Sad, but do not blame just the grandmother. The parents and all the adult members of the family made grave mistakes letting "someone else" be the parties responsible for a youth already on probation. Let the old lady go to take care of her 86 year old husband and don't make this any more costly to the family. Whatever vengence or $ the parents receive won't change things a bit. Everyone own up to your mistakes.
Chad July 03, 2012 at 03:32 PM
I disagree. There was no reason to gun him down, she should not be released into society so she can do more damage. Let her rot.
Debbie Thomas July 03, 2012 at 04:57 PM
If you insist on assigning blame at this too late stage, I would assign 5% to the grandmother and 95% to the parents who let the too-old-for-it grandparents have the responsibility of raising their wild child son.
Chad July 03, 2012 at 06:05 PM
Seems like you are the one who is assigning blame...I'm simply stating a fact. She murdered her grandson, in fact she shot him while he was in the phone with the police and then a few more times to make sure he was dead, and you think she would be fit to take care of her 86 year old husband? She would probably kill him too. I'm not saying that the parents bear no responsibilty, hey are obviously low lifes who didn't want to deal with a difficult child. However, grandma is the one who pulled the trigger, and she is the only one who is criminally liable. She had plenty of other options besides killing him.
Debbie Thomas July 03, 2012 at 06:34 PM
Chad--You make a convincing argument. Maybe what happened is simply that low lifes raise low lifes and we would all do well to raise our children very carefully. Thanks for your input.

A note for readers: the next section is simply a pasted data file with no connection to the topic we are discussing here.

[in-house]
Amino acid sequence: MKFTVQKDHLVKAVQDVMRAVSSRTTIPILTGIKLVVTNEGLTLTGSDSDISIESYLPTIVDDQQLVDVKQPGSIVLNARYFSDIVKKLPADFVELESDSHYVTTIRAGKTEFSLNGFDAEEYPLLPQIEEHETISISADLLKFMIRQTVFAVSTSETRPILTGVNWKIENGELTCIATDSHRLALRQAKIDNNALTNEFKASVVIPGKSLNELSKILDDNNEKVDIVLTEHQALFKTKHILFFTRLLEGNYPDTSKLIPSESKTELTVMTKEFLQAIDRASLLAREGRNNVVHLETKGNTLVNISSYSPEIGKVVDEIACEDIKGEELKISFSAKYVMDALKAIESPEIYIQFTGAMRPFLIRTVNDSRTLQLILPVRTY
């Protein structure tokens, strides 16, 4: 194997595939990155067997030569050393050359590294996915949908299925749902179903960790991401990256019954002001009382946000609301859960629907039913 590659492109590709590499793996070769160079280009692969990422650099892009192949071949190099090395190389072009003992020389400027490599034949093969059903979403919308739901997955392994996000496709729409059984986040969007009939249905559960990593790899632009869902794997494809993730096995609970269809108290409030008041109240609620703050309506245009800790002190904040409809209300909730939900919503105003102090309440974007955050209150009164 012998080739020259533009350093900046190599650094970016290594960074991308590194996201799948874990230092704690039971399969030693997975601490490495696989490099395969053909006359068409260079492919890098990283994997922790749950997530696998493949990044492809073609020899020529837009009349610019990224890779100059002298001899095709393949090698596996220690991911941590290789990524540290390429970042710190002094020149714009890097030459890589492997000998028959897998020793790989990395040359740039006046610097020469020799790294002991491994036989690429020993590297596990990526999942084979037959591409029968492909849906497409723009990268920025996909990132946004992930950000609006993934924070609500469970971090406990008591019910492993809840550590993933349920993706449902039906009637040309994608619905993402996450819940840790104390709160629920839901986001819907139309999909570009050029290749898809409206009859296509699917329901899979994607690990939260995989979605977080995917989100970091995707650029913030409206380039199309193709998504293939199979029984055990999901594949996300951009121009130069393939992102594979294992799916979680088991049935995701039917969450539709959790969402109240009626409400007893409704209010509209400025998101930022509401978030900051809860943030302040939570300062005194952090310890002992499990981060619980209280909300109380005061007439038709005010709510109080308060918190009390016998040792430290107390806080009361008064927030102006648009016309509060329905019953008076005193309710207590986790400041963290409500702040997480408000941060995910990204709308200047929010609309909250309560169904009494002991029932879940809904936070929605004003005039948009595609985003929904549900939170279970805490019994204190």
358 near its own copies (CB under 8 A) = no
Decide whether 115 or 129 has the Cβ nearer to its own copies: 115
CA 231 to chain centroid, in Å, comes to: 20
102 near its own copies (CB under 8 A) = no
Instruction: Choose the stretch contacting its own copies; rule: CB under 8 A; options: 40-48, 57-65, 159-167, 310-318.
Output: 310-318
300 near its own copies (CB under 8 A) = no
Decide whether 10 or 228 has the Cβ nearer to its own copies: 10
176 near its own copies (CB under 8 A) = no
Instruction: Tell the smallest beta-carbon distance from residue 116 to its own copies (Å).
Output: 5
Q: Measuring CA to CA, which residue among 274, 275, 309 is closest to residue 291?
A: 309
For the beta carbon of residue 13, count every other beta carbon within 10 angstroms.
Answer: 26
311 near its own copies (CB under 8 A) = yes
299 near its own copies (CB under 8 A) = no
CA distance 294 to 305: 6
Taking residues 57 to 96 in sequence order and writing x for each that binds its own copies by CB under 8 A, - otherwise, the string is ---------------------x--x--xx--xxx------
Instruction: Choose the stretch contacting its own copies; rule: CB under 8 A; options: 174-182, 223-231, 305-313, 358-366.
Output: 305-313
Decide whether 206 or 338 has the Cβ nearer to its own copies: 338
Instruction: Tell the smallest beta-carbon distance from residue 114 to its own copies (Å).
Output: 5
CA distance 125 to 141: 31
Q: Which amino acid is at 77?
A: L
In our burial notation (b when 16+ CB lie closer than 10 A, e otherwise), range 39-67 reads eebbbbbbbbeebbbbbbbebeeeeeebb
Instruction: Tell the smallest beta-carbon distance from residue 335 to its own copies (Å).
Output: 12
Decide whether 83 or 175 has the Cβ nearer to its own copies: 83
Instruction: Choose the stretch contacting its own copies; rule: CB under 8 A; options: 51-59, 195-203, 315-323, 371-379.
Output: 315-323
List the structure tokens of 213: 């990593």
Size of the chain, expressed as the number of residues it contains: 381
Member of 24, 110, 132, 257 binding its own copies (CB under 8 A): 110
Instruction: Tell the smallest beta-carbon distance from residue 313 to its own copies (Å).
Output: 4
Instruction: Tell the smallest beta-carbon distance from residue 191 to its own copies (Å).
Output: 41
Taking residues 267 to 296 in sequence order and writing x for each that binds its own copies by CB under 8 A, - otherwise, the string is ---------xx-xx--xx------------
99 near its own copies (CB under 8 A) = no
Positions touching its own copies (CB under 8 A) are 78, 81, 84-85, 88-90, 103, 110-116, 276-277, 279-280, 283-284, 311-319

chris. roznowski July 04, 2012 at 02:15 AM
I repeat my comment I made the other day. I do not condon what the grand mother did. But where are the parents of this troubled boy . Why did the parents pass him on to the grandmother to take carre of him. Sounds like they didn't want him and did not want to take responablity for him so they send him to grandma. Then police would not take him in when there was complaint at the house about him. The grandmother was a fraid of him and could not handle him.
Ronelle Grier July 04, 2012 at 06:38 AM
First of all, the parents are not "low lifes." They originally moved to Arizona as a family, and when they arrived, their 15-year-old daughter was diagnosed with a brain tumor. The parents were consumed with her medical care, and Grandma invited Jonathan to stay with her while he finished his senior year in familiar surroundings. At the time, it seemed like the best option. Also, Grandma's attorney said the tapes showed that Jonathan was holding onto his grandmother; we don't know that. All we heard was her voice saying "let go." Jonathan may have been trying to push her hands off the gun and away from him so that she would stop shooting him. After five debilitating gunshots which collapsed both lungs and caused massive internal bleeding, how could he be endangering her? I do not buy self defense, not when she shot him that many times and he was unarmed. Also, the coroner said the K2 was in his urine, not his blood, which meant it had already passed through his system. He was not high at the time of the shooting.
Bonnie Chagnon July 04, 2012 at 01:53 PM
He was still alive on the 911 tape,did not sound like she was at any risk at this time,why did she have to shoot him again and again.I have (had) a son who now sits in prison for rageing drug offenses on me,I never once thought of sooting and killing him,I could never live with myself if I killed my child or grandchild.As far as saying he cme from a low life family,that isnt fair,out of control kids come from every kind of family.So glad to know that K2 and spice are no longer allowed in this stae,should have been done a long time ago.
Scott A August 12, 2012 at 04:16 AM
Ronelle Grier, thank you as you right on with the scenario. Jon will always be loved and missed.